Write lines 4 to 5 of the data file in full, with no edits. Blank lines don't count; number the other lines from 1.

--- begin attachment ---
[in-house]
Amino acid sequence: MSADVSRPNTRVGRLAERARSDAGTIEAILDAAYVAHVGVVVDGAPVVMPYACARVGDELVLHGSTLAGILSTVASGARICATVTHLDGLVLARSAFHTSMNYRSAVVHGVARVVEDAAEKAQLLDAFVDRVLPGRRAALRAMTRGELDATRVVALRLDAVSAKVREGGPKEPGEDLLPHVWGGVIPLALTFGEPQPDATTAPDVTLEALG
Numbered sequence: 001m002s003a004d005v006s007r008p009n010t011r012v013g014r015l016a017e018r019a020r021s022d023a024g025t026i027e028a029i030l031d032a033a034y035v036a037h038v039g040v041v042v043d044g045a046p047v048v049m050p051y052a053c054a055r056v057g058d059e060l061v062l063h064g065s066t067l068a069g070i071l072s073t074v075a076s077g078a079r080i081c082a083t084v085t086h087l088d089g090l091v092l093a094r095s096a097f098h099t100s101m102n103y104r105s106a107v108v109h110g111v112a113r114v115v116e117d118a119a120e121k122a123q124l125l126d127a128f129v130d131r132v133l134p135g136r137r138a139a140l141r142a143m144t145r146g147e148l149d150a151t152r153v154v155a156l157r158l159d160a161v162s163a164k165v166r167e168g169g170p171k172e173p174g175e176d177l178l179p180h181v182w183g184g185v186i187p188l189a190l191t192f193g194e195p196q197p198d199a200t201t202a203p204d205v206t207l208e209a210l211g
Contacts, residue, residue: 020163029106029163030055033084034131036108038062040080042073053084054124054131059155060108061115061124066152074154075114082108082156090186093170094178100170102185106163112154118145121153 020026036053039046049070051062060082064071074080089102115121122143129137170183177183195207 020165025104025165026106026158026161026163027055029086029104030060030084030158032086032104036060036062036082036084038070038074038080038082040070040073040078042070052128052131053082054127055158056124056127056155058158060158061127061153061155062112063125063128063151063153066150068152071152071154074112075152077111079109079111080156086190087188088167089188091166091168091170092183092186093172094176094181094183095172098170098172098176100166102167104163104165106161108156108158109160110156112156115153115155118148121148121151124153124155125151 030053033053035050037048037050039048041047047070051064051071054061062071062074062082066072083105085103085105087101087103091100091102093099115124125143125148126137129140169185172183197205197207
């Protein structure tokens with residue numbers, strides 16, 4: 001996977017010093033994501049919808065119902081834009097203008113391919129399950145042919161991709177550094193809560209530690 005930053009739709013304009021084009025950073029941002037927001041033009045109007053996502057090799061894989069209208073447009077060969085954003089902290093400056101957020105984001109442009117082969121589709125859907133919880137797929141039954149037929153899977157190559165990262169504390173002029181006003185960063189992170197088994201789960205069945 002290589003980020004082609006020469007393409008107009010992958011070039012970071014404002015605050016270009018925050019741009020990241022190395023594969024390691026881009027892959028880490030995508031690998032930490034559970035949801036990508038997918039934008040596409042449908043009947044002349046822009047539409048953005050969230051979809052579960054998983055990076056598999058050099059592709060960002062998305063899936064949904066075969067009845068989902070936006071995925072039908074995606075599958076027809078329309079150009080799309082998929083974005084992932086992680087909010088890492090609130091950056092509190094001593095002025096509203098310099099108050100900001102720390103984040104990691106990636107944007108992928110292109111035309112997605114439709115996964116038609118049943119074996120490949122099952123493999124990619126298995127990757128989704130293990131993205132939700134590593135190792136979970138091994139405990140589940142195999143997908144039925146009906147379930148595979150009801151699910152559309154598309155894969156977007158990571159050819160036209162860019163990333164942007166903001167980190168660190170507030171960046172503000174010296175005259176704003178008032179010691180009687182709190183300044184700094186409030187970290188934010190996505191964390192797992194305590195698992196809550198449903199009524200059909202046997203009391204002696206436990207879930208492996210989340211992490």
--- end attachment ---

Contacts, residue, residue: 020163029106029163030055033084034131036108038062040080042073053084054124054131059155060108061115061124066152074154075114082108082156090186093170094178100170102185106163112154118145121153 020026036053039046049070051062060082064071074080089102115121122143129137170183177183195207 020165025104025165026106026158026161026163027055029086029104030060030084030158032086032104036060036062036082036084038070038074038080038082040070040073040078042070052128052131053082054127055158056124056127056155058158060158061127061153061155062112063125063128063151063153066150068152071152071154074112075152077111079109079111080156086190087188088167089188091166091168091170092183092186093172094176094181094183095172098170098172098176100166102167104163104165106161108156108158109160110156112156115153115155118148121148121151124153124155125151 030053033053035050037048037050039048041047047070051064051071054061062071062074062082066072083105085103085105087101087103091100091102093099115124125143125148126137129140169185172183197205197207
């Protein structure tokens with residue numbers, strides 16, 4: 001996977017010093033994501049919808065119902081834009097203008113391919129399950145042919161991709177550094193809560209530690 005930053009739709013304009021084009025950073029941002037927001041033009045109007053996502057090799061894989069209208073447009077060969085954003089902290093400056101957020105984001109442009117082969121589709125859907133919880137797929141039954149037929153899977157190559165990262169504390173002029181006003185960063189992170197088994201789960205069945 002290589003980020004082609006020469007393409008107009010992958011070039012970071014404002015605050016270009018925050019741009020990241022190395023594969024390691026881009027892959028880490030995508031690998032930490034559970035949801036990508038997918039934008040596409042449908043009947044002349046822009047539409048953005050969230051979809052579960054998983055990076056598999058050099059592709060960002062998305063899936064949904066075969067009845068989902070936006071995925072039908074995606075599958076027809078329309079150009080799309082998929083974005084992932086992680087909010088890492090609130091950056092509190094001593095002025096509203098310099099108050100900001102720390103984040104990691106990636107944007108992928110292109111035309112997605114439709115996964116038609118049943119074996120490949122099952123493999124990619126298995127990757128989704130293990131993205132939700134590593135190792136979970138091994139405990140589940142195999143997908144039925146009906147379930148595979150009801151699910152559309154598309155894969156977007158990571159050819160036209162860019163990333164942007166903001167980190168660190170507030171960046172503000174010296175005259176704003178008032179010691180009687182709190183300044184700094186409030187970290188934010190996505191964390192797992194305590195698992196809550198449903199009524200059909202046997203009391204002696206436990207879930208492996210989340211992490």